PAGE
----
|NORTH AND SOUTH: OHSU wants a light-rail bridge to run much closer to its South Waterfront operations.|
Former Mayor Vera Katz will double down this week on a big bet she made years ago that OHSU’s dreams would power Portland’s future.
Katz—who is chairing a committee that includes representatives from TriMet, Metro and the City of Portland—is scheduled Thursday, May 1, to announce the preferred alignment for a new bridge over the Willamette River that would finally extend light rail from downtown to Milwaukie.
Such a light-rail extension has been planned for more than a decade. But after months of study, Katz’s committee—staffed by her former planning director, David Knowles, now a private consultant—has decided to recommend shifting it south, close to Oregon Health & Science University’s South Waterfront campus.
The 6.5-mile extension to Milwaukie inched closer to reality last year, when the Legislature committed $250 million in lottery-backed bonds to what TriMet spokeswoman Mary Fetsch says is a project price tag of $1.25 billion to $1.4 billion.
A battle among South Waterfront property owners during Katz’s tenure over where light rail would cross the Willamette ended in 2003 with a “locally preferred alternative” that crossed the river at Southwest Harrison Street near Riverplace. That line would run in a straight line across the Willamette to OMSI.
A lot has changed since then, however. The city has invested hundreds of millions of dollars in infrastructure in South Waterfront, including extending the Portland Streetcar and building the tram to OHSU, two projects that were initiated when Katz was mayor.
Now OHSU wants the light-rail bridge shifted to the south of its planned “Schnitzer Campus.” A stop there would serve its 1,000 employees in the current South Waterfront building and another 11,000 employees on Marquam Hill.
OHSU, which recorded 672,000 patients visits last year, is the city’s biggest generator of traffic, OHSU real estate director Mark Williams says.
“We’re trying to carry on the mission of providing health care and medical education to the public,” Williams says. “As part of that public mission, we want to get people out of cars and a different [light-rail] alignment will help us do that.”
As with any public project, two central questions are who pays and who benefits. Like the tram, such a shift in the light-rail extension will provide a big benefit to OHSU, the city’s largest employer. And like the tram, much of the added cost will probably be borne by adjacent businesses—and depending on the ultimate price tag and discipline to the project’s budget, possibly taxpayers.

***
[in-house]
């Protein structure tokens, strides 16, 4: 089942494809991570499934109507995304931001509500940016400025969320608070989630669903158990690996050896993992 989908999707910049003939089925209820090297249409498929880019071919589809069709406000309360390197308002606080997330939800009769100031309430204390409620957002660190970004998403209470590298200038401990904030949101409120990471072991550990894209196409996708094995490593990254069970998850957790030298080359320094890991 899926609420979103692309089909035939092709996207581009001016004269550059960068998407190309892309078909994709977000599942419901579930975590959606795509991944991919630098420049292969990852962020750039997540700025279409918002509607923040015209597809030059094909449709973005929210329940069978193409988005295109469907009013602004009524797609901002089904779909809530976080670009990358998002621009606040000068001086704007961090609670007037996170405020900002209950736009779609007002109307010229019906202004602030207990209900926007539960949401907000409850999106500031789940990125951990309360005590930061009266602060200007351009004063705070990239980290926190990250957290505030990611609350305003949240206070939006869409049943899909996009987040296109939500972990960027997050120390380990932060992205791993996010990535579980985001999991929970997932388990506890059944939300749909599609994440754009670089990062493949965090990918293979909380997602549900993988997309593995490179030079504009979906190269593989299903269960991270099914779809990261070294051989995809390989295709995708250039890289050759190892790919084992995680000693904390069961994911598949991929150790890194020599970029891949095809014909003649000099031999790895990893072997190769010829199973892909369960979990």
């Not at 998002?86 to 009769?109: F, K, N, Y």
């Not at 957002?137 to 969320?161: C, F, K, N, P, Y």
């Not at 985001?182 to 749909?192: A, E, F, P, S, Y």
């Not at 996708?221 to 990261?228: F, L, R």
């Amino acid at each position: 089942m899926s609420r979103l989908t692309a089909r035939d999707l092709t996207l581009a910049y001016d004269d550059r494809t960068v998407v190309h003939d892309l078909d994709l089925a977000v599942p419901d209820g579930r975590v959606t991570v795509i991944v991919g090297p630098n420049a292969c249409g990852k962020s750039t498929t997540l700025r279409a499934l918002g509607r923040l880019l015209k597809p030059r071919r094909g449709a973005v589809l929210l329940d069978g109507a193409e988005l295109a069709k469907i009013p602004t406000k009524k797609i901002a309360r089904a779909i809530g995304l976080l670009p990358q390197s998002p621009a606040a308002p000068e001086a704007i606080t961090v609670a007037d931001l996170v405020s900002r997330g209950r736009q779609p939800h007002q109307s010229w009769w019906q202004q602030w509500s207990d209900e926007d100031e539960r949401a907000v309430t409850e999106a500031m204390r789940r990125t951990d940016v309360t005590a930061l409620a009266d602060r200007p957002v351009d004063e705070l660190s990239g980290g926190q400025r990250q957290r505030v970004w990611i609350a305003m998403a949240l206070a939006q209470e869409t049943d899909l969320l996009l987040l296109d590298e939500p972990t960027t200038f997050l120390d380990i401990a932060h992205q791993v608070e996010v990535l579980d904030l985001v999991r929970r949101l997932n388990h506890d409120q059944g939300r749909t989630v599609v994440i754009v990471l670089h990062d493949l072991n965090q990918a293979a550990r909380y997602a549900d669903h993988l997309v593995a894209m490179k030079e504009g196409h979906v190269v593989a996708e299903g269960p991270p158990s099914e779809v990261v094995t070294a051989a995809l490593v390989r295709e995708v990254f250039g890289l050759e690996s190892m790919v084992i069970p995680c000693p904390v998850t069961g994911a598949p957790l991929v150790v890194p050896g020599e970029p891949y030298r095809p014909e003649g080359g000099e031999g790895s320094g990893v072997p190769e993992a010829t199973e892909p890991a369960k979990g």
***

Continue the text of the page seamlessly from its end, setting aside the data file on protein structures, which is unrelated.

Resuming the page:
Katz calls any comparison to the tram incorrect. “This bridge will benefit the whole region,” she says. “It will help OHSU as well, but it’s about time we stepped up to help the city’s largest employer.” Tom Miller, chief of staff to City Commissioner Sam Adams, who directs the Office of Transportation, says local businesses should pick up the incremental cost of extending the project to accommodate OHSU’s vision for South Waterfront.
One of those businesses, Zidell Marine, which builds barges just south of the Ross Island bridge, has argued for sticking close to the 2003 alignment.
Doing so, says company representative Bob Durgan, would maximize the amount of developable land in South Waterfront and be cheaper.
TriMet project manager Dave Unsworth says shifting the alignment south will add $34 million, but significantly boost ridership by linking to the tram and South Waterfront. He adds that the 2003 alignment would have created disastrous traffic and required costly elevation.
“The extra cost could end up being a wash, and we get more ridership and less traffic,” he says.
FACT: TriMet and Metro hope to persuade the feds to contribute $840 million to the project. With the state’s $250 million contribution, that leaves local government agencies to come up with $160 million to $410 million.